A Florida sheriff stood among his deputies — clad in all-black tactical gear, masks and sunglasses — describing his plan to combat a devastating opioid epidemic.
In a new public service announcement released last week by Lake County Sheriff's Office, Sheriff Peyton Grinnell took a stern approach in talking about the heroin problem in his community, telling dealers to "run."
"Over the last month or so, I've had several phone calls from citizens in this county concerned about the number of overdoses related to heroin. I want our citizens to know that I'm aware of this serious issue," he said.
Then came his warning.
"To the dealers that are pushing this poison, I have a message for you: We're coming for you. As a matter of fact, our undercover agents have already bought heroin from many of you. We are simply awaiting the arrest warrants to be finalized," Grinnell added.
"Enjoy looking over your shoulder, constantly wondering if today's the day we come for you. Enjoy trying to sleep tonight, wondering if tonight's the night our SWAT team blows your front door off the hinges. We are coming for you. If our agents can show the nexus between you, the pusher of poison, and the person that overdoses and dies, we will charge you with murder. We are coming for you — run."
The sheriff could not immediately be reached for comment.
Last month, a major study found that heroin use — which has been at the epicenter of a ruthless and relentless opioid epidemic sweeping the country — has increased fivefold over a decade, and dependence on the drug has tripled.
The researchers said that the sharpest increase in heroin use and addiction was among young, white men with lower education and income levels.
In the few years since the survey ended, the opioid epidemic has tightened its grip on an expanding portion of the U.S. population.
Synthetic opioids — including heroin and its deadlier cousin fentanyl — are the main drivers of overdose deaths across the United States, according to the CDC.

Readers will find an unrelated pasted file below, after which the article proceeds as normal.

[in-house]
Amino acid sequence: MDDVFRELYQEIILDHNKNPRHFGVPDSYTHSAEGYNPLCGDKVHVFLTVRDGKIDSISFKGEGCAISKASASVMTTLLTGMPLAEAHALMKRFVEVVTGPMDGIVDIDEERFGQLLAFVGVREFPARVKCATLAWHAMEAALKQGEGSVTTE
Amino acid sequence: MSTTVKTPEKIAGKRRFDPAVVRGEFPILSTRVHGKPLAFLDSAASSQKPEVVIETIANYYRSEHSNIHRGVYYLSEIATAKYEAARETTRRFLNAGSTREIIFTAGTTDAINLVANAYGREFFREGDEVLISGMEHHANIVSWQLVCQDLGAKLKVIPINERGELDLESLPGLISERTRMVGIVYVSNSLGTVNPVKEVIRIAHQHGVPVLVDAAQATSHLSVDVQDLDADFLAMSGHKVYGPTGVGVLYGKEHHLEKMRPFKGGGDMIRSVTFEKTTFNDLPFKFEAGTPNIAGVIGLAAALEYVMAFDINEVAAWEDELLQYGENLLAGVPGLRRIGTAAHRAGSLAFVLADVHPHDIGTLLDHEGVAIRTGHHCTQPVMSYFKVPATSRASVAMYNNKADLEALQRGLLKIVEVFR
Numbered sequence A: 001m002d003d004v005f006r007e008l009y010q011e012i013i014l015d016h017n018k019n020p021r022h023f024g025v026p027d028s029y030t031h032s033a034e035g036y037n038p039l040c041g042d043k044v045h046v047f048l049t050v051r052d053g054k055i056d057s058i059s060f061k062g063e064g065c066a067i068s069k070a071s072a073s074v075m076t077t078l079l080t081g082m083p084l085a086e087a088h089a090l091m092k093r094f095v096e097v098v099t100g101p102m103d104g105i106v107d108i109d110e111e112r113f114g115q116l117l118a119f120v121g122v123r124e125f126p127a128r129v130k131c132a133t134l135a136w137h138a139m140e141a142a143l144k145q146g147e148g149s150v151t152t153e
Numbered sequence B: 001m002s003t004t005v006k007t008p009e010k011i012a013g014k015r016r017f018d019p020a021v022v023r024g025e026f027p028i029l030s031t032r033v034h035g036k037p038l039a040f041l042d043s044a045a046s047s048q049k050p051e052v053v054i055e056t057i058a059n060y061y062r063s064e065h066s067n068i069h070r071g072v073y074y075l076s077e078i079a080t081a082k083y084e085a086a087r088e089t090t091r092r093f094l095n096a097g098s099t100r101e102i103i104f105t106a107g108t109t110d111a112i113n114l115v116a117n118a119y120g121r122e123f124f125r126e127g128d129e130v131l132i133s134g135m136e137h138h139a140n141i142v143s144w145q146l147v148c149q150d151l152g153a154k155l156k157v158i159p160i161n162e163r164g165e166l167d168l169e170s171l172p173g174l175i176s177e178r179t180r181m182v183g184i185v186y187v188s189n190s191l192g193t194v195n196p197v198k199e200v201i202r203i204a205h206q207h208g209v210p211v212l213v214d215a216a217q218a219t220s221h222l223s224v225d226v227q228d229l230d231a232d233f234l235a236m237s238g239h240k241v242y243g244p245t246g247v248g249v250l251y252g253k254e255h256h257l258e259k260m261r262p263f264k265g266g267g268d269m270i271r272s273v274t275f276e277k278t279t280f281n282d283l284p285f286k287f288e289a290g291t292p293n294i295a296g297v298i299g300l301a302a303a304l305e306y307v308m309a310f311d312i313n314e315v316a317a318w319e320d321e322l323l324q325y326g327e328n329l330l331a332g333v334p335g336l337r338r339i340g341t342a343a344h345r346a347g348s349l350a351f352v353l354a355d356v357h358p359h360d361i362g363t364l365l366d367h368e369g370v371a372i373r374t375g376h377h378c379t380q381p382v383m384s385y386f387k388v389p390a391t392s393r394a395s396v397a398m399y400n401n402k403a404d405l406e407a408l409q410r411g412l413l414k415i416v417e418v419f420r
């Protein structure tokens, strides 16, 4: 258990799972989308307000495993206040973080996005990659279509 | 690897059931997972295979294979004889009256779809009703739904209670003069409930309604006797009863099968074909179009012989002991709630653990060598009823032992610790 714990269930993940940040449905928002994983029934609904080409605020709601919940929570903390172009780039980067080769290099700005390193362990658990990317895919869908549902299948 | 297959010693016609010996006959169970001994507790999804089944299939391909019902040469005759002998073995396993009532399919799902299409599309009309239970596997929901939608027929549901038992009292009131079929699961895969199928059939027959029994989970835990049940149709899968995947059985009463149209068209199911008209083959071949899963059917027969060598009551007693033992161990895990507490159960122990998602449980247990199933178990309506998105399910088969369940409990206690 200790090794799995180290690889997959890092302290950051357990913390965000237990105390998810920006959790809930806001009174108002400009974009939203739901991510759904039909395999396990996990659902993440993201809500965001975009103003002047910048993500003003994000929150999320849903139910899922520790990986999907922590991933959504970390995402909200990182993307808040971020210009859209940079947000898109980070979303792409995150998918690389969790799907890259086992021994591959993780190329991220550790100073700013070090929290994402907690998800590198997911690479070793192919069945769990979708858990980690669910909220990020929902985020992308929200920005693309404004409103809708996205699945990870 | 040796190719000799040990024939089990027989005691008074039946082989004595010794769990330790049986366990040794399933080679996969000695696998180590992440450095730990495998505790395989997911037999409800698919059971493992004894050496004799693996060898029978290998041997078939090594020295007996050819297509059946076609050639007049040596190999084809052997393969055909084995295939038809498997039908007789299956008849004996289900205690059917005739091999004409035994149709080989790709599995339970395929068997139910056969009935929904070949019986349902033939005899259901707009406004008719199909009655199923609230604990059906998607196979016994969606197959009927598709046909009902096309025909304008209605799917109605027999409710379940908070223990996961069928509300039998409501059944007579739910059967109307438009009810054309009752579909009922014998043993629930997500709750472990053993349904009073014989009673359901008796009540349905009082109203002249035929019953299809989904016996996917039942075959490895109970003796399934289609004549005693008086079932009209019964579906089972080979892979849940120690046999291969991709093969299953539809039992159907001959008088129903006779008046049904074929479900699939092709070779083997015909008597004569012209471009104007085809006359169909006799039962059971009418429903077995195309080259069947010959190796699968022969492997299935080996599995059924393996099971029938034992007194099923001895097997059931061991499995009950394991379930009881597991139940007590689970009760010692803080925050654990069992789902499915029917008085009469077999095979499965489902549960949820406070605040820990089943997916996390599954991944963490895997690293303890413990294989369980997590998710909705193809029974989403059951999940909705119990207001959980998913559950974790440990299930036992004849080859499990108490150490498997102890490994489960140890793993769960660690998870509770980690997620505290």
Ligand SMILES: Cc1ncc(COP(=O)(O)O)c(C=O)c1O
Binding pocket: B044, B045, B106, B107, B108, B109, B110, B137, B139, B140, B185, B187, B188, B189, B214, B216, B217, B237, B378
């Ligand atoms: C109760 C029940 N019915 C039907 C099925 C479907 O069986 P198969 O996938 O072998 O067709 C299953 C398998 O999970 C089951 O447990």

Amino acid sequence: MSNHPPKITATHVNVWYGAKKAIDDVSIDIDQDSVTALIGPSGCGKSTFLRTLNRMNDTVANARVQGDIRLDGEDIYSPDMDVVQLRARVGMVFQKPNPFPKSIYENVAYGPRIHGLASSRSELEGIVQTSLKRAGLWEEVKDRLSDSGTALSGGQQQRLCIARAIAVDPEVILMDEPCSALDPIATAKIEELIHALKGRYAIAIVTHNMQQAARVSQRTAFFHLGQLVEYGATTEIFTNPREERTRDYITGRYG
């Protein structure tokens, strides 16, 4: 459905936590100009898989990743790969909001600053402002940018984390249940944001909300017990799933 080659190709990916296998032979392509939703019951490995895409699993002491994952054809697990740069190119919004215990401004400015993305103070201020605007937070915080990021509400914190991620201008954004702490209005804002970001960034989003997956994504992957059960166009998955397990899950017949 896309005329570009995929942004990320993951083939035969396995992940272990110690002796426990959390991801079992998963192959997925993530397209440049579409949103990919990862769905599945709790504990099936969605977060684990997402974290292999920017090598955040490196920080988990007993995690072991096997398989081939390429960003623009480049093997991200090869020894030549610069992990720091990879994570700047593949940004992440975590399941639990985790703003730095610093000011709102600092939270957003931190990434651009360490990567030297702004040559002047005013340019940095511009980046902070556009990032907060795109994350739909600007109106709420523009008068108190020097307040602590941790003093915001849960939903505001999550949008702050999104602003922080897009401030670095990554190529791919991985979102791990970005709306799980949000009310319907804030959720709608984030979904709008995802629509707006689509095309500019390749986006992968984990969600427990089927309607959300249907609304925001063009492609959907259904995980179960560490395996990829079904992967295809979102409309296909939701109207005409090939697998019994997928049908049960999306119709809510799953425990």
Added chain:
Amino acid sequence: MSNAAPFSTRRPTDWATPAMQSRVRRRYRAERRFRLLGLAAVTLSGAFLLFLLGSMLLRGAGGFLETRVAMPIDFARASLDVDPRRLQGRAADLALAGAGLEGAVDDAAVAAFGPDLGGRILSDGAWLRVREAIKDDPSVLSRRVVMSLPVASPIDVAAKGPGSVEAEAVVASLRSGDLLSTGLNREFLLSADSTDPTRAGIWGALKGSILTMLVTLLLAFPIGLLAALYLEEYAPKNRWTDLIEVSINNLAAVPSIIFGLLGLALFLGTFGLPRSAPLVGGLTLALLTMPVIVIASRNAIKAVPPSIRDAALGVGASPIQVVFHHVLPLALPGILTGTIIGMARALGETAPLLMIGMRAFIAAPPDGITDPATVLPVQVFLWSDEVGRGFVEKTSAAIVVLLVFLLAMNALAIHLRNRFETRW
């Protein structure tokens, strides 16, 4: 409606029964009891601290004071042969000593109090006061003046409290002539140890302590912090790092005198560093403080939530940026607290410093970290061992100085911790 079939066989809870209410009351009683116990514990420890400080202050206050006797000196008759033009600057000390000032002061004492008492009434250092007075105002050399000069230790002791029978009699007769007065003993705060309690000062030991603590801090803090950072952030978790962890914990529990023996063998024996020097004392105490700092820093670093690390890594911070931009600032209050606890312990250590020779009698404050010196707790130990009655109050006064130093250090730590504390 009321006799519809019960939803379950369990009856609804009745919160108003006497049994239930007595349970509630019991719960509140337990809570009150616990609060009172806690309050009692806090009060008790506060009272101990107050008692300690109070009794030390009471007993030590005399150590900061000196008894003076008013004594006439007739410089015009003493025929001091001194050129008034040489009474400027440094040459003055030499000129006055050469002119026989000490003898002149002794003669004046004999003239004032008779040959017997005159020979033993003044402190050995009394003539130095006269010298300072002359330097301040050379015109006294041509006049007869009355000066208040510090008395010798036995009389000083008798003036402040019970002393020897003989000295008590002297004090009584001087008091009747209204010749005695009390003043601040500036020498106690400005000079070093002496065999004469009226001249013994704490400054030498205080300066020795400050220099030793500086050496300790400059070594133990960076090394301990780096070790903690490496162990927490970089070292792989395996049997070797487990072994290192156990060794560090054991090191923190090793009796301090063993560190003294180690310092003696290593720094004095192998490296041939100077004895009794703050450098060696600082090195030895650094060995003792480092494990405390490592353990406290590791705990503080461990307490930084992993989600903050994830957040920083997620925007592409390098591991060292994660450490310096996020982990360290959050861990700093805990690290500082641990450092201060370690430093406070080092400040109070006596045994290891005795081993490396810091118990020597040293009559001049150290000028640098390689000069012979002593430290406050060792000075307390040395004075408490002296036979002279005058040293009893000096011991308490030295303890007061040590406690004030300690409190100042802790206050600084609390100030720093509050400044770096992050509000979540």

Opioid deaths have continued to spike, with more than 33,000 fatalities across the country in 2015 — the highest figure in recent history, according to data released by the CDC. As the Washington Post's Christopher Ingraham reported, that marked an increase of nearly 5,000 deaths from 2014. Deaths involving synthetic opiates, such as fentanyl, rose by nearly 75 percent from 2014 to 2015.
Nearly 13,000 people died of heroin overdoses that year, according to the data.
Behind the data are real stories about a battle against drugs gripping the nation.
Children have become innocent victims; some have seen their parents shoot up and overdose, occasionally with fatal consequences. Others have unwittingly and unwillingly faced overdoses themselves.
Last month, four children woke up in their home in Ohio and found their parents dead. One child told a 911 dispatcher, "My mom's on the floor and my stepdad's basically pale and they're not waking up."
Authorities believed at the time the parents overdosed on heroin cut with fentanyl.
The public service announcement from the Lake County Sheriff's Office has been viewed more than 600,000 times, with at least one commenter comparing it to the Islamic State's beheading videos.
"ISIS just released another god—- video. Oh," Paul Szoldra from Military and Defense Insider wrote on Facebook while sharing the video. In the comment section, he added: "Some sheriffs are in law enforcement. Some others are trying to get on Fox and Friends."
The Lake County Sheriff's video drew mixed responses from social media users.
"Are you guys intentionally trying to look like comic book villains?" one wrote.
"What's with all the negativity!" another interjected. "They can't show their identity because are the ones playing the roll of being buyers or dealers. Grow up. Let them do their job protecting us and our families and friends. I've lost family to these thug dealers. They don't care. They just want the money. Get it!!!!"
"It is your job to serve your community, not terrorize them," one commenter wrote. "This is an embarrassment to the force."
"Lol," another said, "my son said that he wanted to be a cop so I showed him this, now he wants to be a pokemaster. Progress!